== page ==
About this blogger:
A theorist, organist, and conductor, Jeff Ostrowski holds his B.M. in Music Theory from the University of Kansas (2004), and did graduate work in Musicology. He serves as choirmaster for the new FSSP parish in Los Angeles, where he lives with his wife and two children.
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“Oh, the happy choir director who is hired to start work on a brand new choir, or who walks into his first rehearsal a total stranger to the existing group—what a fortunate man he is! The new choir director who is a former member of the choir, or a member of the congregation, or the nephew of the alto soloist, or a former altar boy, or otherwise well acquainted with the choir, is in for a few headaches.”
— Paul Hume (1956)

Ward Method Studies • Space Available!
published 4 April 2016 by Jeff Ostrowski

613 Ward Method HE CENTRE for Ward Method Studies in the B. T. Rome School of Music at The Catholic University of America announces the immediate availability of online registration for three Ward Method intensive courses scheduled for 20-24 June 2016 in Washington:


Complete instructions are posted following the course descriptions, and if one follows them carefully, application for admission should not present problems. Tuition scholarships are still available, upon request (skeris@cua.edu).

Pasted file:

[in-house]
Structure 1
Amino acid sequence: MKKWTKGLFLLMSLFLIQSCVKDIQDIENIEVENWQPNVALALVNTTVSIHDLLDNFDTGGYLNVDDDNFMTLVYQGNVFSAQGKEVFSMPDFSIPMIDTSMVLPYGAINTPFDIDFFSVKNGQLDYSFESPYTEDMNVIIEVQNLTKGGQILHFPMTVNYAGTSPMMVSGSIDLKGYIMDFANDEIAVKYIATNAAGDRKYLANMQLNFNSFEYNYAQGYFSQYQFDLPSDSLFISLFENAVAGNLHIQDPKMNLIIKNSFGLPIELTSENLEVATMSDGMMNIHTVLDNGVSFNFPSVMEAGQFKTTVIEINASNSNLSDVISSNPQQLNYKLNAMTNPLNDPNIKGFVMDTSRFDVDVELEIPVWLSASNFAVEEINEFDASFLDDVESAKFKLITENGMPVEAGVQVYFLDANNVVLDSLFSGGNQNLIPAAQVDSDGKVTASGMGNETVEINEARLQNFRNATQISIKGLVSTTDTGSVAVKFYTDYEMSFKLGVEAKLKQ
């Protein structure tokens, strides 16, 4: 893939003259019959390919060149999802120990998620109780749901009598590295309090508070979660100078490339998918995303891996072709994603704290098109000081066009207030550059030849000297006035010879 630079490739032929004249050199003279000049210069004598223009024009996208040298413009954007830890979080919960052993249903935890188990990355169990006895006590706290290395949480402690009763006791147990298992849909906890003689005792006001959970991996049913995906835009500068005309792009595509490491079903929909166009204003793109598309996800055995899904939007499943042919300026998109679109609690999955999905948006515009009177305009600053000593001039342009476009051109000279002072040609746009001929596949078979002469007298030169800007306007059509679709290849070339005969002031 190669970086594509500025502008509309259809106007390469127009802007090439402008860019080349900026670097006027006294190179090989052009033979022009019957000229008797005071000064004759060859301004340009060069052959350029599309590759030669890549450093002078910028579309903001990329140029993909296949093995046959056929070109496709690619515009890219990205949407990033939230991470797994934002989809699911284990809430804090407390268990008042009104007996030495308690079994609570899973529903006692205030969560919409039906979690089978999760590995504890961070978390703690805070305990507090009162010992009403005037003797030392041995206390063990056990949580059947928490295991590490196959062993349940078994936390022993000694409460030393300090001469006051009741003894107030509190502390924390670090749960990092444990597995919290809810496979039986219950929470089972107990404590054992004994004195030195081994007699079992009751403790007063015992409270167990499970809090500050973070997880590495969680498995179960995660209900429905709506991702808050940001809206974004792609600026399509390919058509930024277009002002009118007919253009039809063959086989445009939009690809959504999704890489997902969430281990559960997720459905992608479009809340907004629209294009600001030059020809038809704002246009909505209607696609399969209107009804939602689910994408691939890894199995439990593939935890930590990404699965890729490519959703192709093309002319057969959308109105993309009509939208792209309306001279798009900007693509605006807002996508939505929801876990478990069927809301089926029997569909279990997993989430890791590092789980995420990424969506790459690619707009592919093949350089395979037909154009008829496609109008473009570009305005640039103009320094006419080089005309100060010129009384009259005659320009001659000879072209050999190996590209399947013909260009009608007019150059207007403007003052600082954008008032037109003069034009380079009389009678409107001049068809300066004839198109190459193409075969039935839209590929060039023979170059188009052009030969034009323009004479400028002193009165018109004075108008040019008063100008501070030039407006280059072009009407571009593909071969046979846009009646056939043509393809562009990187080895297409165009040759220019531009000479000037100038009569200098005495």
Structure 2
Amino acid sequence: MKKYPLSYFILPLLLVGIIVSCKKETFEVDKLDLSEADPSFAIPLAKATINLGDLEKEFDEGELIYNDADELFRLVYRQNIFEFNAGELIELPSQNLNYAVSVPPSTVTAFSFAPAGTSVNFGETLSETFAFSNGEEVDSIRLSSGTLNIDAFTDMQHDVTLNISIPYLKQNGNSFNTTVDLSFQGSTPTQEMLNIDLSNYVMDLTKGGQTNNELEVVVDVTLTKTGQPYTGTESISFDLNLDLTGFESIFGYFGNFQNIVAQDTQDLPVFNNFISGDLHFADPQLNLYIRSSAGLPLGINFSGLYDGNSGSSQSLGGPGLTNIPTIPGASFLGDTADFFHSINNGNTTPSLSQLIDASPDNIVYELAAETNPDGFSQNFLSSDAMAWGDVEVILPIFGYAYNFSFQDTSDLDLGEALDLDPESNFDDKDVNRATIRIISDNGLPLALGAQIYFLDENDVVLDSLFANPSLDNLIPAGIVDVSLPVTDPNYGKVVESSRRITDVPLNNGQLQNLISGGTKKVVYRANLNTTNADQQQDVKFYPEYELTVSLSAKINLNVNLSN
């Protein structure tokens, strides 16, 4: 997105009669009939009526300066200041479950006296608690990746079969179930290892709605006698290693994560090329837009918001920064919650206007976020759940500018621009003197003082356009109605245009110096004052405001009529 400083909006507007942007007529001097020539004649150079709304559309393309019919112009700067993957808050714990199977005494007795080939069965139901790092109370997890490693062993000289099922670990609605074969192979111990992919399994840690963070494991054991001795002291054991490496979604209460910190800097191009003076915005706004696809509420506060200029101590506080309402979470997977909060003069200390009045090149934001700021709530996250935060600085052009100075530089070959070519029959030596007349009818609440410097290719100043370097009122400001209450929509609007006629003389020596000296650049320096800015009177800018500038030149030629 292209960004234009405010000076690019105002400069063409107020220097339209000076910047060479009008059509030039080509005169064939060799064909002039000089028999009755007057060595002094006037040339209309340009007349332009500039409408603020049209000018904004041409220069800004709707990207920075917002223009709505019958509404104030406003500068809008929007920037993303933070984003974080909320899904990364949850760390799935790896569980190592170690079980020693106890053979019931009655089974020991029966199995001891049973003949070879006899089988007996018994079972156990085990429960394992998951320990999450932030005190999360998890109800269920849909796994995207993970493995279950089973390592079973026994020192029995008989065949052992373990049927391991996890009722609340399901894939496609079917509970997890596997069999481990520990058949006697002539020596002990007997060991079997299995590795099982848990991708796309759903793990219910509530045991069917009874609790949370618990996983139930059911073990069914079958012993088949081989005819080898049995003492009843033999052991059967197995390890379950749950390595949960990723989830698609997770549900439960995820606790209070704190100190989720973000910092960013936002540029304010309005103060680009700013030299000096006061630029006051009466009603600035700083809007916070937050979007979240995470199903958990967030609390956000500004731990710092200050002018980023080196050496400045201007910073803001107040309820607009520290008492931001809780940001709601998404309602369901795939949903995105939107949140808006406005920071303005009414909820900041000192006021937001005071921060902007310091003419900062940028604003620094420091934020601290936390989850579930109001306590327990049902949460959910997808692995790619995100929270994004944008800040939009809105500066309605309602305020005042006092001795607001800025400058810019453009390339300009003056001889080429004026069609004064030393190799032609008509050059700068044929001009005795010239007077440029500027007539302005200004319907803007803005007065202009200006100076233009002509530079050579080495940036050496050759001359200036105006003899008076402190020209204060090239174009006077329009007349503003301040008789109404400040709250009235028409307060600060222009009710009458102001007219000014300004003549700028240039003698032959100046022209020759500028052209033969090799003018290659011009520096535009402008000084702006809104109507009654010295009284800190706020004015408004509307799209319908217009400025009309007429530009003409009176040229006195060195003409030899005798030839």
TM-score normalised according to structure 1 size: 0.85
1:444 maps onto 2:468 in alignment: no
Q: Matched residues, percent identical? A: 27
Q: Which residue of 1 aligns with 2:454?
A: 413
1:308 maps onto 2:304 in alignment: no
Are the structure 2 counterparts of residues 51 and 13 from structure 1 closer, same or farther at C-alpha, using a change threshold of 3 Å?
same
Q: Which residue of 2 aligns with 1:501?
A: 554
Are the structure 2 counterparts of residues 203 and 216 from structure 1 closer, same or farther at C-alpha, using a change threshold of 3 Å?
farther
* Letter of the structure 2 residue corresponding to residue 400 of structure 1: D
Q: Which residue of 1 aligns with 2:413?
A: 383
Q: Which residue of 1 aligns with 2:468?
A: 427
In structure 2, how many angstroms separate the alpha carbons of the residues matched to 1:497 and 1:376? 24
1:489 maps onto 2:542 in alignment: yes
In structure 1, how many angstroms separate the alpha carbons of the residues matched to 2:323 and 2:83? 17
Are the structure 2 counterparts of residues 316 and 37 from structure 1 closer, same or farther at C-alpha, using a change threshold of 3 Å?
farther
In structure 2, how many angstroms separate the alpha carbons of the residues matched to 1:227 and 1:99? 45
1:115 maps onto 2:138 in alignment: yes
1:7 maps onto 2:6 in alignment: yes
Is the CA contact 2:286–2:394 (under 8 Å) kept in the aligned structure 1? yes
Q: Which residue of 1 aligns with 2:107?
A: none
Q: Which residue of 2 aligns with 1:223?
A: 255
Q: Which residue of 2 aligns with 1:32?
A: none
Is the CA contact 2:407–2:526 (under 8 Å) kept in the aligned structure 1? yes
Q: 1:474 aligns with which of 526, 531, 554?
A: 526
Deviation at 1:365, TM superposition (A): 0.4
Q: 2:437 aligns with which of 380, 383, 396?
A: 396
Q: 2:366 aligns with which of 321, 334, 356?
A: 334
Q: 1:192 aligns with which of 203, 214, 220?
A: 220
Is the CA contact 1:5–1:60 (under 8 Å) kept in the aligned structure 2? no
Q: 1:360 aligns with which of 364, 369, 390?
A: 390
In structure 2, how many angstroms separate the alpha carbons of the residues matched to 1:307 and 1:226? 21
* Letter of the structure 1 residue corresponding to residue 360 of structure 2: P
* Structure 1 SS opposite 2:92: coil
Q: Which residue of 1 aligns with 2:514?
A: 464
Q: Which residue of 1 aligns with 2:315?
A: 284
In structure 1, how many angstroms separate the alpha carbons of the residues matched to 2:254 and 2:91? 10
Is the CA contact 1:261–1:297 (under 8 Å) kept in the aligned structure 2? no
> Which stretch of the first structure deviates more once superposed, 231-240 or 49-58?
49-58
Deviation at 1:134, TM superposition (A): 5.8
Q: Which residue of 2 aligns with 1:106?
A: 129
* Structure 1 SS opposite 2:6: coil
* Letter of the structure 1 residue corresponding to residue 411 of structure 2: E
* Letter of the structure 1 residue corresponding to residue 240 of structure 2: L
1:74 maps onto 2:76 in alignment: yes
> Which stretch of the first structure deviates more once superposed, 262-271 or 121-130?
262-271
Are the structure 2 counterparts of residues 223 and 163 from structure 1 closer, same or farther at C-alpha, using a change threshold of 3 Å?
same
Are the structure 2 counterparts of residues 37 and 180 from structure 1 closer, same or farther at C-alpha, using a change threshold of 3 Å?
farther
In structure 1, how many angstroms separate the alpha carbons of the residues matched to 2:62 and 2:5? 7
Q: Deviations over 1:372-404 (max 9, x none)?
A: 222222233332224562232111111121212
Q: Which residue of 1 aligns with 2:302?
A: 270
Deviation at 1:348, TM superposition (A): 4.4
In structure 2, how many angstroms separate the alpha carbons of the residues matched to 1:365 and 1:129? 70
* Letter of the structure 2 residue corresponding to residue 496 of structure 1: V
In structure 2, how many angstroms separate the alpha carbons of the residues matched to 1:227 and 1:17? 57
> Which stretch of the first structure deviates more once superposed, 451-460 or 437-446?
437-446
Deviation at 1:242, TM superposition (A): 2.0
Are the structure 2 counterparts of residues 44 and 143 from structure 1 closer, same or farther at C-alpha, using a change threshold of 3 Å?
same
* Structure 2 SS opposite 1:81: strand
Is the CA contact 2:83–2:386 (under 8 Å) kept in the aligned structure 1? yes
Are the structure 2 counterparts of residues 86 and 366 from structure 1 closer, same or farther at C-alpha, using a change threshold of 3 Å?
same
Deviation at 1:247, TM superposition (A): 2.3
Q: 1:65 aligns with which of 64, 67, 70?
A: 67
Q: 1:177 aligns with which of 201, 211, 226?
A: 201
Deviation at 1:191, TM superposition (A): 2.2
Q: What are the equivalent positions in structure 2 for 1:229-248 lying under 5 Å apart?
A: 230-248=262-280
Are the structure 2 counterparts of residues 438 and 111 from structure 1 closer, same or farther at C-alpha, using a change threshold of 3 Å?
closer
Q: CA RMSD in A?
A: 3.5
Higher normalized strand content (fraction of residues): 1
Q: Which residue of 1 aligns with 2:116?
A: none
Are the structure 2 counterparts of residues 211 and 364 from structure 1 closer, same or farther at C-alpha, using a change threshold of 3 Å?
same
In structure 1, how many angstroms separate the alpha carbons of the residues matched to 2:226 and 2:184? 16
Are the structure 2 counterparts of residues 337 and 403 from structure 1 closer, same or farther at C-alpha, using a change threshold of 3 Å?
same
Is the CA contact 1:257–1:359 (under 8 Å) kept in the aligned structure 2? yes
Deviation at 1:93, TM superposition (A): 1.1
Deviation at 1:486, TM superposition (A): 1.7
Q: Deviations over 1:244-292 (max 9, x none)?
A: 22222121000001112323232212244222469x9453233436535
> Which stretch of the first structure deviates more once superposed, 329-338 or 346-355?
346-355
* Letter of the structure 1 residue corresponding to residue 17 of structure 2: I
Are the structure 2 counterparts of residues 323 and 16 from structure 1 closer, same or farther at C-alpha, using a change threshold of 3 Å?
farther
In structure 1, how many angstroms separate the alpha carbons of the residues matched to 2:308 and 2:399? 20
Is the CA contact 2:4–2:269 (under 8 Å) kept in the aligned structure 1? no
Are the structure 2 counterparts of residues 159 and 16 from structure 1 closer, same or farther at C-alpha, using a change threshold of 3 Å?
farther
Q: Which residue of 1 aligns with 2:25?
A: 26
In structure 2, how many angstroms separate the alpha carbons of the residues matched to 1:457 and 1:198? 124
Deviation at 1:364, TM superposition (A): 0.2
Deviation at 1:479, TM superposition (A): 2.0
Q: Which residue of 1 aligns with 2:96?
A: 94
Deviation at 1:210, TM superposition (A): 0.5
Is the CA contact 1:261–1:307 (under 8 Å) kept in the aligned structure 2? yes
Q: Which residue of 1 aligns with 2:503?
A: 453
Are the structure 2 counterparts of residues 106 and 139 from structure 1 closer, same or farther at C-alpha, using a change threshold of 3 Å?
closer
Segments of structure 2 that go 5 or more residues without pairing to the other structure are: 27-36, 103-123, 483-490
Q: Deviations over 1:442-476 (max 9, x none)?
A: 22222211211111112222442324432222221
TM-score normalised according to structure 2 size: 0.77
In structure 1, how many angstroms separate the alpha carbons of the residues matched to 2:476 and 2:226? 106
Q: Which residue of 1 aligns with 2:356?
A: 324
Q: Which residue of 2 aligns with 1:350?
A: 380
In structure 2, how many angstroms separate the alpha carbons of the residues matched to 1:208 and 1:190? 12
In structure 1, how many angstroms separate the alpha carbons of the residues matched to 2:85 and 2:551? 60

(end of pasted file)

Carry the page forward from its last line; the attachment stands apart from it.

The chief tenets of the Ward Method can be summarized in five points:

(1) The basic principle is that music is a fundamental element in the development of the intellect and the formation of character.

(2) The Ward Method correlates the study of music with the other subjects of the curriculum, with special attention to those aspects of music that foster appreciation of and participation in liturgical singing.

(3) Whilst the voice alone is the basis of the musical training imparted, foundations are laid for a deep and broad study of musical theory.

(4) The Ward Method consistently applies the pedagogical principle that the normal process of development is from content to form.

(5) The Method proceeds from germinal musical elements, through a series of easily graded developmental phases, toward the complex details involved in the artistic rendering of musical compositions.